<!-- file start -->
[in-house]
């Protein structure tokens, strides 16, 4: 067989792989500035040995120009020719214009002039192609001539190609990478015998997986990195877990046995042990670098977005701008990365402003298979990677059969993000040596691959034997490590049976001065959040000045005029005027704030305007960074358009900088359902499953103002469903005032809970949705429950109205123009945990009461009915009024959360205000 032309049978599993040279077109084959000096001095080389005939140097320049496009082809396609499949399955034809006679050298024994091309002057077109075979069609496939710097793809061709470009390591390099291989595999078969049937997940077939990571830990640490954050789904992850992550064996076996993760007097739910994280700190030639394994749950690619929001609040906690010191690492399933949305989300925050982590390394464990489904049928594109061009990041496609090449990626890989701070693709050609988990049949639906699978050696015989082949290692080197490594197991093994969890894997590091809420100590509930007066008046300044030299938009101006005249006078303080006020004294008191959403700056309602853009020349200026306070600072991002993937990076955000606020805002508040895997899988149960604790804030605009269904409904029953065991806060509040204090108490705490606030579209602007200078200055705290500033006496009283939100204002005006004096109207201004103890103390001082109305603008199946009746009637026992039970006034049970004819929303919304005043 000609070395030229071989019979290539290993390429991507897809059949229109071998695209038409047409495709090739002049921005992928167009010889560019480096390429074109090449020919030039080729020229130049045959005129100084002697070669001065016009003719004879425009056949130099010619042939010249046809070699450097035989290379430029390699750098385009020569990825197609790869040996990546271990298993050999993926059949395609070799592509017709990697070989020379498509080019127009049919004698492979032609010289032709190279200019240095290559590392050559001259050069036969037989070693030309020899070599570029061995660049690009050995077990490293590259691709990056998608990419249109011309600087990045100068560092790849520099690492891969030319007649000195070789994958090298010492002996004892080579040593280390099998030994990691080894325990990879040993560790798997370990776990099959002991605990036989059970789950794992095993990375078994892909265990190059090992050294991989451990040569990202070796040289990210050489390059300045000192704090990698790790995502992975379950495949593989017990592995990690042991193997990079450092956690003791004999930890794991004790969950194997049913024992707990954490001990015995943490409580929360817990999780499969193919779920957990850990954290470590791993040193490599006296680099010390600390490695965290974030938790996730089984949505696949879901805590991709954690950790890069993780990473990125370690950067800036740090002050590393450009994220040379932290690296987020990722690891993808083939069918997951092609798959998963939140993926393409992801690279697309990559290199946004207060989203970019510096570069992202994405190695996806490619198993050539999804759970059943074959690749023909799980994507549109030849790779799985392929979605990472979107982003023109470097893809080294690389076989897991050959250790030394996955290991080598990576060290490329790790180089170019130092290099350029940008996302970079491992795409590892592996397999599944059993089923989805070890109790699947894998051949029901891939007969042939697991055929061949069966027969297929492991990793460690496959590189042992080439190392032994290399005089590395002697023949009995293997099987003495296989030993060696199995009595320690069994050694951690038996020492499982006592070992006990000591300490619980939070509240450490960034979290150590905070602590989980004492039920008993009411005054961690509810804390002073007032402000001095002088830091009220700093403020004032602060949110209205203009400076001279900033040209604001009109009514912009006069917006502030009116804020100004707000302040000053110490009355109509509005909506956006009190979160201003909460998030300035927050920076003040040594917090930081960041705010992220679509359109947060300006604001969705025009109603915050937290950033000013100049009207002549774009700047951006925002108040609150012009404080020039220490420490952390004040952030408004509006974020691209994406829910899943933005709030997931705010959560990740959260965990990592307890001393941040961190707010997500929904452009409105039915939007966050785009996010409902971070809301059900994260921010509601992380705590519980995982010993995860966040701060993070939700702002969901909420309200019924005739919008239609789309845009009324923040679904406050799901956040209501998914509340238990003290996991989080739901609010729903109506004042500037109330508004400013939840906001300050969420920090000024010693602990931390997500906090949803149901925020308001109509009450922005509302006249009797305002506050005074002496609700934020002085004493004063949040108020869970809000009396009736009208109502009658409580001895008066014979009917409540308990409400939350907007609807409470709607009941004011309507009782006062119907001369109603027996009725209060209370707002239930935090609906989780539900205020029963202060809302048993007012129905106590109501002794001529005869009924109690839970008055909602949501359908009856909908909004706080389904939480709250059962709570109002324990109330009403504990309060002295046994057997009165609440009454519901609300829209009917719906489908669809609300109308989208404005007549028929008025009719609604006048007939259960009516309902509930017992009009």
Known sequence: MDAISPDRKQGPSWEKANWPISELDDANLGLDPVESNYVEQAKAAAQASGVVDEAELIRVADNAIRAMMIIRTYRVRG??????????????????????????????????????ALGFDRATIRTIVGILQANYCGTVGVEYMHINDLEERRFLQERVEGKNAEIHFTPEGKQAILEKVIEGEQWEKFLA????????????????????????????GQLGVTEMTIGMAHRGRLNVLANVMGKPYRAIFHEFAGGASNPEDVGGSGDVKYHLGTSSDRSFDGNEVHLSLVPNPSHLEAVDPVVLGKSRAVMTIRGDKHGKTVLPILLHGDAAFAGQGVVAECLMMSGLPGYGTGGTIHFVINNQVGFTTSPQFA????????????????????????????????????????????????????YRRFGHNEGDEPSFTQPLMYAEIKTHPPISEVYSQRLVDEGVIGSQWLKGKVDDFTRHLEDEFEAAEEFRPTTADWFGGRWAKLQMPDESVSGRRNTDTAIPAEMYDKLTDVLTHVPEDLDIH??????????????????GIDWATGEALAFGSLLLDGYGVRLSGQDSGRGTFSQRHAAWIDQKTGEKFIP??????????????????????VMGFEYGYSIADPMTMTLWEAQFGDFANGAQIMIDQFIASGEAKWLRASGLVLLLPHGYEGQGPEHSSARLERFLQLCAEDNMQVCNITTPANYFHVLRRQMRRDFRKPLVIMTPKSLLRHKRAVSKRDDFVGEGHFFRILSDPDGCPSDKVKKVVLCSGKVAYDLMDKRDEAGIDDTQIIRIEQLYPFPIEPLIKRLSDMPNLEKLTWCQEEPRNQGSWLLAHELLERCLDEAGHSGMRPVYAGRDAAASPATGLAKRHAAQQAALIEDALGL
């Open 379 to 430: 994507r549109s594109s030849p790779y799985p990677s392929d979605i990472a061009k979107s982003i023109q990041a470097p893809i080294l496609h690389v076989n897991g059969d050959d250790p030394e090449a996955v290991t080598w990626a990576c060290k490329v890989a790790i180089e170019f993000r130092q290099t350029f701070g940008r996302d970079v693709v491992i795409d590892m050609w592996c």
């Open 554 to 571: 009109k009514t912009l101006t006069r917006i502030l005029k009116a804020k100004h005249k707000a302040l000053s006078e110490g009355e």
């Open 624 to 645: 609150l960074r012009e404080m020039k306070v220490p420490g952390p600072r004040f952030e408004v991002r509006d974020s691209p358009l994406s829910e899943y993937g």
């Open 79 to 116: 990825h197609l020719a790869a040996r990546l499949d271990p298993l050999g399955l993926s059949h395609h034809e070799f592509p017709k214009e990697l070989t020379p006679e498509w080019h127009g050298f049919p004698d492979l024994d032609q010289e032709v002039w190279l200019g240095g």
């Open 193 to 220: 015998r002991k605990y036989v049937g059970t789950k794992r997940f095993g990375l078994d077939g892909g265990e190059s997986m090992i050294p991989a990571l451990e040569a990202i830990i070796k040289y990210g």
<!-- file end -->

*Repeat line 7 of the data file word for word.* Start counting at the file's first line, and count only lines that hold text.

């Open 79 to 116: 990825h197609l020719a790869a040996r990546l499949d271990p298993l050999g399955l993926s059949h395609h034809e070799f592509p017709k214009e990697l070989t020379p006679e498509w080019h127009g050298f049919p004698d492979l024994d032609q010289e032709v002039w190279l200019g240095g």